I think that militarily or on popular level the winners and the losers are clear. But the point is politically.I mean since when Egypt or the so called Moderate Axis gov had any kind of credibility in the street? so when talking about losing what did they actually lose? I’ve read about tremendous protests in the ME and especially in Egypt. but this takes place all the time like during the 03 invasion of Iraq. but has this changed anything politically?
    So i have another question to be posed; what alterations did this operation lead regionally? I also wonder with all the Arab rage against the US. what was actually expected from the US regionally?

  2. Damien,
    Good questionsa and great points. Thanks for keeping me on my toes.

    1) Deterencce. The Israeli public might be concerned about that but does that mean its a valid concern? Since when has there ever been a serious question of Israel’s inability to crush or lay waste to its enemies? Did Hezbollah lift a finger to help Hamas?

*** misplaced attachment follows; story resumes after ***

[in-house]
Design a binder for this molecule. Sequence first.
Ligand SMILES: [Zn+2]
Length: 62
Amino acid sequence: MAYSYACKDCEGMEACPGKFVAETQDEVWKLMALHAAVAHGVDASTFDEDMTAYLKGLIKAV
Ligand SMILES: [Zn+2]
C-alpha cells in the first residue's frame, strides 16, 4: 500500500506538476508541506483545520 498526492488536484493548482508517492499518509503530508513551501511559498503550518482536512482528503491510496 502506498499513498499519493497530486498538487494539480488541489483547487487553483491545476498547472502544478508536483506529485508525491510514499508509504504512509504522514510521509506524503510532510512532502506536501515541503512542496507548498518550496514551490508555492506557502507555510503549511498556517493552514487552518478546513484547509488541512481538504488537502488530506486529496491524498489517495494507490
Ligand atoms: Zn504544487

2) Heikal was and is a Nasserist ideologue. All of his analysis has to be framed in this light. He wants you to believe that Egypt has “all the cards” and was operating from a position of weakness. But then Anwar Sadat came around and totally misplayed Egypt’s hand and thats why they no longer have the same level of influence in the region.

    Is this a valid reading of the power-balance, though? Was Egypt’s strong hand blown by Sadat? Or was Egypt’s weak hand reinforced by a realistic Sadat? How you answer that question gets to the validity of Heikal’s criticisms.

    I lean towards the view that Egypt had a very weak hand and Sadat got about as much as one could expect. Lets also keep in mind that 1) if Egypt doesn’t have the Russian SAM missiles they don’t cross the Suez canal. 2) If Israel was remotely prepared in 1973 there would have been no war. If Israel had the forces ready on 6 October 1973 instead of allowing themselves to be duped into believing the Arabs wouldnt attack, the Egyptians wouldn’t have crossed the canal.